Reprint permission from the October 6, 2003 issue of Crain's Chicago Business.
Headline-grabbing criminal prosecutors and civil litigators are gunning for high-profile executives of public companies who commit corporate fraud. But, until now, subservient directors who do nothing wrong but ignore wrongdoing have skated.
All of that is about to change: Complicit outside directors are soon likely to earn the comeuppance they deserve.Amid more controversy than is really warranted, the Securities and Exchange Commission (SEC) is finally starting to crack down on reckless directors who don't happen to be company employees or significant stakeholders and, for that reason, never profited from corporate chicanery. The shift in the agency's enforcement policy is a healthy signal to public companies and their directors that board service is a real job with real responsibilities.
The SEC's first federal lawsuit against an allegedly sleeping watchdog targets Rudolph Peselman, a former outside director of Chancellor Corp., a Boston-based transportation equipment company.
The agency's complaint asserts that Mr. Peselman, while a member of the board's audit committee, broke securities laws by signing false financial statements, disregarding warnings of financial improprieties at the company and failin g to ensure that the company's public filings were accurate. Along with Chancellor's controlling shareholder and others, he is accused of cooking the company's books and grossly overstating its revenue, income and assets.
Here's the back story, gleaned from public records:
Chancellor canned its independent auditor because it didn't agree with the way the company recognized revenue, then hired another auditing firm, which was willing to sign off on the suspect financial statements prepared by the company's management. The sacked auditor also disputed the way Chancellor's management handled $1 million in payments to other companies controlled by its then-CEO.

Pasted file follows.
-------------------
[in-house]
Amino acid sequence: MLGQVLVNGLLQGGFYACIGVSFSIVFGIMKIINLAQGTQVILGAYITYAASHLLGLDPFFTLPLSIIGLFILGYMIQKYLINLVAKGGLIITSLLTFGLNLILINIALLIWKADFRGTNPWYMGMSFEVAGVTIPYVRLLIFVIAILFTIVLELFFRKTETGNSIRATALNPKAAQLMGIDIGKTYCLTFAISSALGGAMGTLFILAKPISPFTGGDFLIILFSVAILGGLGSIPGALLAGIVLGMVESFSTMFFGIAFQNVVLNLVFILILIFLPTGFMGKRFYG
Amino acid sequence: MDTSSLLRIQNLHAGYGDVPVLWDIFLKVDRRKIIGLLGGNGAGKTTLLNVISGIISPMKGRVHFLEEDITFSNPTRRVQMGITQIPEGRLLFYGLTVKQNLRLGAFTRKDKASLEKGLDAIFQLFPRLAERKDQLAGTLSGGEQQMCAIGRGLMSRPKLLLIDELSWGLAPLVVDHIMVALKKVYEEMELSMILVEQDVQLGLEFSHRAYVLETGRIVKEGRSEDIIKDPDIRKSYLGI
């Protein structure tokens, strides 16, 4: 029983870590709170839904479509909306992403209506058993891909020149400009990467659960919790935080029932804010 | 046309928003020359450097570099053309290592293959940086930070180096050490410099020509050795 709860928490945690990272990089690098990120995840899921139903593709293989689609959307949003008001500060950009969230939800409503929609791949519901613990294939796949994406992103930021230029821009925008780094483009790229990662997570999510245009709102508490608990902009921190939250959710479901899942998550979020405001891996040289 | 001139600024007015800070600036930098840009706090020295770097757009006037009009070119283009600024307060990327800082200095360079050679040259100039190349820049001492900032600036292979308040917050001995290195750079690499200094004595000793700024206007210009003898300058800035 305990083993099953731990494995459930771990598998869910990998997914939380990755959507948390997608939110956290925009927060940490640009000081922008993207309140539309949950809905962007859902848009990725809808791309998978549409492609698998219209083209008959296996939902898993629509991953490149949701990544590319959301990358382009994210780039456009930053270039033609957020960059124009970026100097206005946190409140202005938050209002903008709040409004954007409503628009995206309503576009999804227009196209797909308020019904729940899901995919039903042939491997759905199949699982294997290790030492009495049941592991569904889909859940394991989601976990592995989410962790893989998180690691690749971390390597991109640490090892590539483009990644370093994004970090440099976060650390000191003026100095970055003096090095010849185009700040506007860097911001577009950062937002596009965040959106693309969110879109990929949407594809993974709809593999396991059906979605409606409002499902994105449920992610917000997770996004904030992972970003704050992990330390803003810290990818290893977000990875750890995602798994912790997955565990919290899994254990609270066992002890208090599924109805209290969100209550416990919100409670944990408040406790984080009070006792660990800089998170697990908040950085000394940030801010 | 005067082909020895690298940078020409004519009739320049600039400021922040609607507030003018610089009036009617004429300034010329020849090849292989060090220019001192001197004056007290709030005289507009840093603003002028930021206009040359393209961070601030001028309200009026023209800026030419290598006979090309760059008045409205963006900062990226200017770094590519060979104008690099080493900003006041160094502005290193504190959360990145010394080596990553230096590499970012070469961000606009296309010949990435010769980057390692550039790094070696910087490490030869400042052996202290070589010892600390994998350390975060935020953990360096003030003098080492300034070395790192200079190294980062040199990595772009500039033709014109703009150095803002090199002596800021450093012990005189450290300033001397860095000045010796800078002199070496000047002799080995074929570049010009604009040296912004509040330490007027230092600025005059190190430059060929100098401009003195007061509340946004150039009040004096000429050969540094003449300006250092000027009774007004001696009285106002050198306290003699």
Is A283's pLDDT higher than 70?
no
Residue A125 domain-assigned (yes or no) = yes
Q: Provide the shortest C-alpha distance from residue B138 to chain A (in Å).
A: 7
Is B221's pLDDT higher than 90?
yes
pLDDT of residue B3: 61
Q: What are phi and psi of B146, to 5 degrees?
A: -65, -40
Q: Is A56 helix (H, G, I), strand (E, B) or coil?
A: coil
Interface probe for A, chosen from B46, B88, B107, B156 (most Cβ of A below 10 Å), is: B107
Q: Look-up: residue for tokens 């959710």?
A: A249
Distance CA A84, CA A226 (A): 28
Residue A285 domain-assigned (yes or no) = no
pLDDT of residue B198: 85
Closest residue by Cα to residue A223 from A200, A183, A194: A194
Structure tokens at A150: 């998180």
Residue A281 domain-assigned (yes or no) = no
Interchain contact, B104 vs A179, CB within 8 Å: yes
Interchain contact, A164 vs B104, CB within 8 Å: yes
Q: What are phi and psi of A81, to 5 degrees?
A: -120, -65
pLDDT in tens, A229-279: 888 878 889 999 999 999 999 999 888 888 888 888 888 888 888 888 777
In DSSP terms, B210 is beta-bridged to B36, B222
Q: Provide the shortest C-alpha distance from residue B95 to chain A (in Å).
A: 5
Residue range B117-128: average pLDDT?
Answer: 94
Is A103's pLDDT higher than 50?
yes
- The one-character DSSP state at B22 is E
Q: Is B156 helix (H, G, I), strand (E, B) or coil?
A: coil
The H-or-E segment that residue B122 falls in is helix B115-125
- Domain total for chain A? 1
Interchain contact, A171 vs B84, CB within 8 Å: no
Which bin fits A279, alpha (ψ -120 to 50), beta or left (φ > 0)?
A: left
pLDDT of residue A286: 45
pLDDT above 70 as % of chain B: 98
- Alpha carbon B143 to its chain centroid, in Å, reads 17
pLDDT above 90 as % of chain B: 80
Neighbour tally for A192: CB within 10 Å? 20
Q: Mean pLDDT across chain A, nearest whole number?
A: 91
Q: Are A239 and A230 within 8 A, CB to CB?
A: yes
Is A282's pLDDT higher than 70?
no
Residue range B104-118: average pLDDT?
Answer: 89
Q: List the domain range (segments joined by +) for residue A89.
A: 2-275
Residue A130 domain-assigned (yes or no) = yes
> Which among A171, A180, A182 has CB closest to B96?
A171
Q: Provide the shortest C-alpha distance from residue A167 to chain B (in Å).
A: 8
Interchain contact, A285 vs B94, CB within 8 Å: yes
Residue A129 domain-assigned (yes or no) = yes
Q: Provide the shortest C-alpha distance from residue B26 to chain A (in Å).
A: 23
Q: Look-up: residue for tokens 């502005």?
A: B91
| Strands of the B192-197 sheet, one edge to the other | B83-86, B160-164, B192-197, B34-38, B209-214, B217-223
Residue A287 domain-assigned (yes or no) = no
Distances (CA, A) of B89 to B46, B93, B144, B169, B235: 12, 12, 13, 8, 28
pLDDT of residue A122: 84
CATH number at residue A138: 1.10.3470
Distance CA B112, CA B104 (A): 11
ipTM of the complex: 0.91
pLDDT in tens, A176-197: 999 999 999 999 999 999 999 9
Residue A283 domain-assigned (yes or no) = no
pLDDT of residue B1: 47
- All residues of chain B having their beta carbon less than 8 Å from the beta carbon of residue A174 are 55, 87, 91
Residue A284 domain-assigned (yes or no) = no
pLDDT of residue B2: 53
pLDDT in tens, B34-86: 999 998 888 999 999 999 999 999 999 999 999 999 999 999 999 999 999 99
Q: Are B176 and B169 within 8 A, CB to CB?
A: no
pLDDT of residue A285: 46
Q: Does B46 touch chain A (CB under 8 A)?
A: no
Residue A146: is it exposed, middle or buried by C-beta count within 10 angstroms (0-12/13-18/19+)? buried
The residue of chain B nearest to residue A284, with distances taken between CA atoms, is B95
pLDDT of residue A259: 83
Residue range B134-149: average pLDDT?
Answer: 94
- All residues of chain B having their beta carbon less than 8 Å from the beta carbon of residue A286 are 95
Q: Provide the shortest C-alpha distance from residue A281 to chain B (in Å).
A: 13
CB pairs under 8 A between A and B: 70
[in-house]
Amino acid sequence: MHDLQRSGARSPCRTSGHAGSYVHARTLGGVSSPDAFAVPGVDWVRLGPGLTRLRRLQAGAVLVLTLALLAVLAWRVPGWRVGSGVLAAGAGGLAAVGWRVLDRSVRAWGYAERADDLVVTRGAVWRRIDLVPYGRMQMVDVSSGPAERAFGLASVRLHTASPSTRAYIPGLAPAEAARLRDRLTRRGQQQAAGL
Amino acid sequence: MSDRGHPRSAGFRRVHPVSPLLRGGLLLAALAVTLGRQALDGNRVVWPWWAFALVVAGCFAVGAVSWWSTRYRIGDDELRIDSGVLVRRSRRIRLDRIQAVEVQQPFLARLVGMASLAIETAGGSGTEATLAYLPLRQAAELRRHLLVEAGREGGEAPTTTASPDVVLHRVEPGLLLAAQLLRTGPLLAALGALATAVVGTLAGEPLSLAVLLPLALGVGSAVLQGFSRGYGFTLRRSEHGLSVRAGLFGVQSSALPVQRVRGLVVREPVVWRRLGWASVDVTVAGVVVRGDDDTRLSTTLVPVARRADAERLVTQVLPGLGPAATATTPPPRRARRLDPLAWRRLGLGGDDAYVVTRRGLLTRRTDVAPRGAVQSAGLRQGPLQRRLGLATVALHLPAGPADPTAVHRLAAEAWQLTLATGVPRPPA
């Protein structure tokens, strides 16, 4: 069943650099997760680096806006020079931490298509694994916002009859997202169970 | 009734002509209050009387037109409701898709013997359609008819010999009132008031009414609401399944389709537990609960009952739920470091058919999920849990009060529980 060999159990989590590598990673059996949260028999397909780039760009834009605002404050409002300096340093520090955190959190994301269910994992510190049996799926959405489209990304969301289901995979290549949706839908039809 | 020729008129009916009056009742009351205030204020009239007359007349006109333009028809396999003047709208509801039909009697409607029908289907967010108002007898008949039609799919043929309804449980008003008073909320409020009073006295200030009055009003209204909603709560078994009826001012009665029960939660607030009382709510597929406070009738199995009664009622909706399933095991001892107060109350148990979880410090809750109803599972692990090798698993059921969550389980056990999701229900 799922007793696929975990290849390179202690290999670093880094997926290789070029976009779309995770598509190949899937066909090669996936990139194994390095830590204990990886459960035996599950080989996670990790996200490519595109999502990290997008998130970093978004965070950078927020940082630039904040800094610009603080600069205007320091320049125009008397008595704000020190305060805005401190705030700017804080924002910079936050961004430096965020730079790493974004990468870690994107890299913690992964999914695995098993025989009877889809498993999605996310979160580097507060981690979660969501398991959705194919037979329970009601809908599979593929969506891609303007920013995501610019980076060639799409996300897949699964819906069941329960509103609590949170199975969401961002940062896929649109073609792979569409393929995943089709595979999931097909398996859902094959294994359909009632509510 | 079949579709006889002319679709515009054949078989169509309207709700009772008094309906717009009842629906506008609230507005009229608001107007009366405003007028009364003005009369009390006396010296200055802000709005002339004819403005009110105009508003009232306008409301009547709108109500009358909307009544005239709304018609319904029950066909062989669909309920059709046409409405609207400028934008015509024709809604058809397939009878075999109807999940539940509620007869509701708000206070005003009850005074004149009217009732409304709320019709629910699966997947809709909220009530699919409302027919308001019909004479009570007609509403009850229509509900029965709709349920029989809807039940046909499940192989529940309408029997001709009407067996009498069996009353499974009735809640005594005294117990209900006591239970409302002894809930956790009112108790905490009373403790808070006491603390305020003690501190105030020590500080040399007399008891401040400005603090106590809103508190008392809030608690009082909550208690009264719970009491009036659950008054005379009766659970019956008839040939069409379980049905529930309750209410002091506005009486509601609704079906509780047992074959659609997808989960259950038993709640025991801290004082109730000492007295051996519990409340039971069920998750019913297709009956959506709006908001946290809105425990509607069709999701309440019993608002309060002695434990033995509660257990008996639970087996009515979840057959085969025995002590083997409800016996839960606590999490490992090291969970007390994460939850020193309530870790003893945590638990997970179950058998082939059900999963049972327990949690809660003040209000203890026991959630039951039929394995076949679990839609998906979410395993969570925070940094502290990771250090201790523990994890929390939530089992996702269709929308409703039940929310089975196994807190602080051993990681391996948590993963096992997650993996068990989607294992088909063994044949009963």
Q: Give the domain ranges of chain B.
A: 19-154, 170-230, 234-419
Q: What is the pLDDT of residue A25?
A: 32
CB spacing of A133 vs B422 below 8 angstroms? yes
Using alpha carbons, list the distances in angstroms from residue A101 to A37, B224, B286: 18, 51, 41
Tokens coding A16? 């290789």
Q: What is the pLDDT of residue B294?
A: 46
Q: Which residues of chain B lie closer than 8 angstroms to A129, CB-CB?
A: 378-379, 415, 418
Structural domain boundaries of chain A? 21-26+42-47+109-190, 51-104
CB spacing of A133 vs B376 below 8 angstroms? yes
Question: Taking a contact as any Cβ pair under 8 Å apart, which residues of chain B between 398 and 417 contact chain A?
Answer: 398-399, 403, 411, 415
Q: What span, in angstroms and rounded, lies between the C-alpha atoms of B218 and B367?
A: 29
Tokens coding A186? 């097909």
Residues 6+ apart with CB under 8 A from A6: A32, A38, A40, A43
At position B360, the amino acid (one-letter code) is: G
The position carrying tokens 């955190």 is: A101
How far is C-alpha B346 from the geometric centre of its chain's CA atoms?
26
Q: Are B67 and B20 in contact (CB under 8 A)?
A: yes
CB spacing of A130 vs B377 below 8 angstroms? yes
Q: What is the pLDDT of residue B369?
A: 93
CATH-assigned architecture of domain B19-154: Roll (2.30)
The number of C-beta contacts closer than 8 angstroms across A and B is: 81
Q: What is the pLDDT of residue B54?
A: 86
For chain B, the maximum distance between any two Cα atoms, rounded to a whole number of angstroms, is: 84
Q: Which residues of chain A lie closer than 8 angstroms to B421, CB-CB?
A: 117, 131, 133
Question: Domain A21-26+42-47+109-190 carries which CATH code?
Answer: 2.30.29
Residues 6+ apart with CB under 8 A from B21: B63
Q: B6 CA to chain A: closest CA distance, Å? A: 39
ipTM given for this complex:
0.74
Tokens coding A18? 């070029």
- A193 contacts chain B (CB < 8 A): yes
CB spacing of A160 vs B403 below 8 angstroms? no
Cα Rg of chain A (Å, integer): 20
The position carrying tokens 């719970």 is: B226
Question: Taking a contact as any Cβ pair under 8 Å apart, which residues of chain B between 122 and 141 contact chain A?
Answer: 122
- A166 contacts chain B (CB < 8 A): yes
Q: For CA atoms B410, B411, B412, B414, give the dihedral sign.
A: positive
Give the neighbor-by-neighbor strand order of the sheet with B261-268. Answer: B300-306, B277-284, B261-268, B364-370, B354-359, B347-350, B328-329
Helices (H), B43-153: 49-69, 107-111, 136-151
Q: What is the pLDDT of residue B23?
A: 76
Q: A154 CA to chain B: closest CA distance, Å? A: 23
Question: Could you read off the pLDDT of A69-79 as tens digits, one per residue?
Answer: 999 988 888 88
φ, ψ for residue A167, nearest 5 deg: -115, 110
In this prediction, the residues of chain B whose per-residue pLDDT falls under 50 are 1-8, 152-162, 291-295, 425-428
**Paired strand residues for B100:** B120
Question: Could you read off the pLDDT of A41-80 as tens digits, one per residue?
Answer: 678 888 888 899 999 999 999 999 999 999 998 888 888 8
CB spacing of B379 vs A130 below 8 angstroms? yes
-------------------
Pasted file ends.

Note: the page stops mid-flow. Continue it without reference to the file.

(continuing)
The SEC claims that Mr. Peselman knew why the auditor was replaced but still approved the financials — in the agency's view, breaching his fiduciary duty to the company. Mr. Peselman has denied any violation of law.
According to press reports, Stephen Cutler, the commission's enforcement chief, sees the case against Mr. Peselman as a model for enforcement actions against corporate board members who aren't directly involved in fraud, but fail to prevent or report it.
And that's where the controversy comes in.
Some legal authorities, citing ancient federalism principles grounded in the U.S. Constitution, have argued that directors' conduct should be policed only by the states, which have historically exercised that authority, and not by the SEC. And if directors are also going to be held accountable to the feds, some commentators fear that it will become tougher than ever to recruit capable directors.
But the jurisdictional turf warriors should hold their fire. The SEC needs to act boldly and autonomously in protecting shareholders and, ultimately, the integrity of the capital markets.
However tough it becomes to recruit and retain competent directors, shareholders have the absolute right to demand that board members protect them from executives who are scoundrels or fools. Directors who don't direct, those who are ineffective at countering arrogant managers who lose their moral bearings, invite questionable practices in executive suites.
There is simply no room for compromise.
Marc J. Lane (email@example.com) is a Chicago lawyer and financial planner and an adjunct professor of law at Northwestern University School of Law.
Copyright © 2003 by Crain Communications Inc.